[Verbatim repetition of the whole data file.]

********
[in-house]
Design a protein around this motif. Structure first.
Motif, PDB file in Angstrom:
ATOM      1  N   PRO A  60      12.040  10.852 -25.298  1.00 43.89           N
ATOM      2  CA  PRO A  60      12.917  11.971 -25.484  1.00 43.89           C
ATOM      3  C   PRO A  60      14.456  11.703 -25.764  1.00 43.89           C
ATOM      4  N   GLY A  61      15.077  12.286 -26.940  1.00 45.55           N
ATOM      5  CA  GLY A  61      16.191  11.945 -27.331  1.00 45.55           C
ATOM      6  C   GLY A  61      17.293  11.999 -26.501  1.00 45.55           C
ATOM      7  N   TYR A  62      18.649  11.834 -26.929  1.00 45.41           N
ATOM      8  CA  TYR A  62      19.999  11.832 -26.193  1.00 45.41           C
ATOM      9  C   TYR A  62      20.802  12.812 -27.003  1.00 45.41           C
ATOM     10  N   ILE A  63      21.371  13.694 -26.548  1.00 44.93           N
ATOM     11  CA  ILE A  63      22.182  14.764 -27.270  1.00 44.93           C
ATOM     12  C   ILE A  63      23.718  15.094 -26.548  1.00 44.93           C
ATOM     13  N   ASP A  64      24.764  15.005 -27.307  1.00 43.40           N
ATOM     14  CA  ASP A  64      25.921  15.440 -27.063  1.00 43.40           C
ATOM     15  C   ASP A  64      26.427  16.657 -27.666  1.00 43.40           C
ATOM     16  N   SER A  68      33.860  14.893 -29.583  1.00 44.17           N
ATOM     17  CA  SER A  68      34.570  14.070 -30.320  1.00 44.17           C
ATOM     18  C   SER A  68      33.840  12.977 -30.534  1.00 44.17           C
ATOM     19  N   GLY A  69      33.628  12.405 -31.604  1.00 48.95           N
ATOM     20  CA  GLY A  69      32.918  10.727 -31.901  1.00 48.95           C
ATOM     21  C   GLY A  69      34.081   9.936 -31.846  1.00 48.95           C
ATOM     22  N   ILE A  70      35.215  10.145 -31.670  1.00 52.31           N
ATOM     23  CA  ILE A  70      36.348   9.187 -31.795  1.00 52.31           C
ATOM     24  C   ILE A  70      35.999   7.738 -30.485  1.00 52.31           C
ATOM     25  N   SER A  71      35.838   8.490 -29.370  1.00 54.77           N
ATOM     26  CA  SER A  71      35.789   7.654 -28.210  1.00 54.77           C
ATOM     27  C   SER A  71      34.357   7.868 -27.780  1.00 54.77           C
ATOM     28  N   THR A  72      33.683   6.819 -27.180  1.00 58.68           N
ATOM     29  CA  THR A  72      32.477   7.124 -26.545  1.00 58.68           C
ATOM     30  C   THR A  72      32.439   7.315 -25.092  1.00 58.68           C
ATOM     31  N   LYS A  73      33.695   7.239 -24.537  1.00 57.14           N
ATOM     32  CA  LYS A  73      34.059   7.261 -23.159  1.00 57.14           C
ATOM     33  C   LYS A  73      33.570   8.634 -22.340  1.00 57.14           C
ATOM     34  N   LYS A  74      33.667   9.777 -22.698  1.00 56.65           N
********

[in-house]
Design a protein around this motif. Structure first.
Motif, PDB file in Angstrom:
ATOM      1  N   PRO A  60      12.040  10.852 -25.298  1.00 43.89           N
ATOM      2  CA  PRO A  60      12.917  11.971 -25.484  1.00 43.89           C
ATOM      3  C   PRO A  60      14.456  11.703 -25.764  1.00 43.89           C
ATOM      4  N   GLY A  61      15.077  12.286 -26.940  1.00 45.55           N
ATOM      5  CA  GLY A  61      16.191  11.945 -27.331  1.00 45.55           C
ATOM      6  C   GLY A  61      17.293  11.999 -26.501  1.00 45.55           C
ATOM      7  N   TYR A  62      18.649  11.834 -26.929  1.00 45.41           N
ATOM      8  CA  TYR A  62      19.999  11.832 -26.193  1.00 45.41           C
ATOM      9  C   TYR A  62      20.802  12.812 -27.003  1.00 45.41           C
ATOM     10  N   ILE A  63      21.371  13.694 -26.548  1.00 44.93           N
ATOM     11  CA  ILE A  63      22.182  14.764 -27.270  1.00 44.93           C
ATOM     12  C   ILE A  63      23.718  15.094 -26.548  1.00 44.93           C
ATOM     13  N   ASP A  64      24.764  15.005 -27.307  1.00 43.40           N
ATOM     14  CA  ASP A  64      25.921  15.440 -27.063  1.00 43.40           C
ATOM     15  C   ASP A  64      26.427  16.657 -27.666  1.00 43.40           C
ATOM     16  N   SER A  68      33.860  14.893 -29.583  1.00 44.17           N
ATOM     17  CA  SER A  68      34.570  14.070 -30.320  1.00 44.17           C
ATOM     18  C   SER A  68      33.840  12.977 -30.534  1.00 44.17           C
ATOM     19  N   GLY A  69      33.628  12.405 -31.604  1.00 48.95           N
ATOM     20  CA  GLY A  69      32.918  10.727 -31.901  1.00 48.95           C
ATOM     21  C   GLY A  69      34.081   9.936 -31.846  1.00 48.95           C
ATOM     22  N   ILE A  70      35.215  10.145 -31.670  1.00 52.31           N
ATOM     23  CA  ILE A  70      36.348   9.187 -31.795  1.00 52.31           C
ATOM     24  C   ILE A  70      35.999   7.738 -30.485  1.00 52.31           C
ATOM     25  N   SER A  71      35.838   8.490 -29.370  1.00 54.77           N
ATOM     26  CA  SER A  71      35.789   7.654 -28.210  1.00 54.77           C
ATOM     27  C   SER A  71      34.357   7.868 -27.780  1.00 54.77           C
ATOM     28  N   THR A  72      33.683   6.819 -27.180  1.00 58.68           N
ATOM     29  CA  THR A  72      32.477   7.124 -26.545  1.00 58.68           C
ATOM     30  C   THR A  72      32.439   7.315 -25.092  1.00 58.68           C
ATOM     31  N   LYS A  73      33.695   7.239 -24.537  1.00 57.14           N
ATOM     32  CA  LYS A  73      34.059   7.261 -23.159  1.00 57.14           C
ATOM     33  C   LYS A  73      33.570   8.634 -22.340  1.00 57.14           C
ATOM     34  N   LYS A  74      33.667   9.777 -22.698  1.00 56.65           N